The current study is a well designed, assessor-blinded, randomised 16-week lifestyle intervention of a whole food plant-based diet, physical activity and stress management in people with mild to moderate rheumatoid arthritis. Disease activity was measured using the DAS18 score (disease activity score based on 18 joints). The control group received usual care. Medication was kept stable 3 months before and during the trial whenever possible.
The results showed that compared to the control group (n=37), the intervention group (n=40) had significant improvement in disease activity and metabolic health with reductions in body weight and body fat, HbA1C and LDL-cholesterol. Depression, fatigue, pain interference and physical function did not change. Although there were reductions in markers of inflammation (ESR and CRP) in the intervention group, these changes were no statistically significant. As expected, those participants who made the most changes had the greater benefit. There was demonstrable improvement in diet quality in the intervention group, however it is not possible to know which part of the intervention was responsible for the improvements seen.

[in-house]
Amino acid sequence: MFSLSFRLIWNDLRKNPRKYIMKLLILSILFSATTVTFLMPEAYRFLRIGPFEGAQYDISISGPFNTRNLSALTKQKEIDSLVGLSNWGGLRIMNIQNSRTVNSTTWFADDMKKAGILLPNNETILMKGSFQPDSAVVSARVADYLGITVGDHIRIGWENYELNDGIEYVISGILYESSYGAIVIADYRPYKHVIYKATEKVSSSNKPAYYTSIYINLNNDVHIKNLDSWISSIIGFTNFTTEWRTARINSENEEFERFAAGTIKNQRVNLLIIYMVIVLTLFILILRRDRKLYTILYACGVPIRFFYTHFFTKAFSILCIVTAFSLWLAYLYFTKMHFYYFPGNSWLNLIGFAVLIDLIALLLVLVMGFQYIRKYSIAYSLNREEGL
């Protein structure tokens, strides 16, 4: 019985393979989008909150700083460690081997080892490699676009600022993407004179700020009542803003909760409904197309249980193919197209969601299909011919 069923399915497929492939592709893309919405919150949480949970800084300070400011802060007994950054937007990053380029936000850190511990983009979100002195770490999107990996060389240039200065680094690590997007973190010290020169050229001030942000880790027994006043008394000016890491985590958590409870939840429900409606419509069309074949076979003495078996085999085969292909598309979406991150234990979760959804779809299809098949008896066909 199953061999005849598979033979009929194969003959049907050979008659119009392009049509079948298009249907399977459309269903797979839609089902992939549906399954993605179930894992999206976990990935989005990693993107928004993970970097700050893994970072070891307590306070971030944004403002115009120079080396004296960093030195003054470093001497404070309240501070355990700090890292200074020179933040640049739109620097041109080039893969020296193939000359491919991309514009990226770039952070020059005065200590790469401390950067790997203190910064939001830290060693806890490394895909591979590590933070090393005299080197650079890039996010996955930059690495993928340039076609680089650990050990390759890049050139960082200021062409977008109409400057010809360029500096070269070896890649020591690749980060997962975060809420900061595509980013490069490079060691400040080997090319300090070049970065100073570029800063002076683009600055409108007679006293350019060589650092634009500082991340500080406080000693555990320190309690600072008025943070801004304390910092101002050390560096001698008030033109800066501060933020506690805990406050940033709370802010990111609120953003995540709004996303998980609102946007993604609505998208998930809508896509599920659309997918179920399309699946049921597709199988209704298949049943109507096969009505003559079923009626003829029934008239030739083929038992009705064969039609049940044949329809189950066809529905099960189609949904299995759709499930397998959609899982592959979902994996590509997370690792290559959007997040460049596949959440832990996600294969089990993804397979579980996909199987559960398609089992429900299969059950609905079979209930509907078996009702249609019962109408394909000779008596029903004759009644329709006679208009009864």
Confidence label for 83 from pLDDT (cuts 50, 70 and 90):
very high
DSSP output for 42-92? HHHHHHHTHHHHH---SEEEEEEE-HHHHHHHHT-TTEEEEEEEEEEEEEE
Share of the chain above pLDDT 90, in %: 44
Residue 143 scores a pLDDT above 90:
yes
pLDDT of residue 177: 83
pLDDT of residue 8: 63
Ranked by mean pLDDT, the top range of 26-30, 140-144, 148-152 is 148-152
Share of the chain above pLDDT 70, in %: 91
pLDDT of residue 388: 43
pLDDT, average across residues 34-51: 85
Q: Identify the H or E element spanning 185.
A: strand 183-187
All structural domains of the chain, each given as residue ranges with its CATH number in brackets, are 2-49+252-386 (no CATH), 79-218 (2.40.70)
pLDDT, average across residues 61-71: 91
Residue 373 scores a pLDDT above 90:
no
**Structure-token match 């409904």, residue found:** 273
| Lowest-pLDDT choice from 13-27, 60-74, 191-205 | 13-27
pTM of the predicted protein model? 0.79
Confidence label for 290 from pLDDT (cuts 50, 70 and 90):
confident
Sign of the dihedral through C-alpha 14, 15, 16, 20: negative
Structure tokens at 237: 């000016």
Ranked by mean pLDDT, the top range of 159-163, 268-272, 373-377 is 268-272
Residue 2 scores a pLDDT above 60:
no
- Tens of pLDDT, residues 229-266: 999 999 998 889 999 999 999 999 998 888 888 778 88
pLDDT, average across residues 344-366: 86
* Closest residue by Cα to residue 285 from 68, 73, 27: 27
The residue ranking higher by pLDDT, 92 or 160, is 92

To take account of the short duration of this study, the control group will be offered the intervention after the trial, and researchers will follow all participants in a 2-year observational extension study including cost effectiveness, body composition, bone mineral density, critical nutrients and a medication-tapering protocol for patients in remission. We look forward to the results.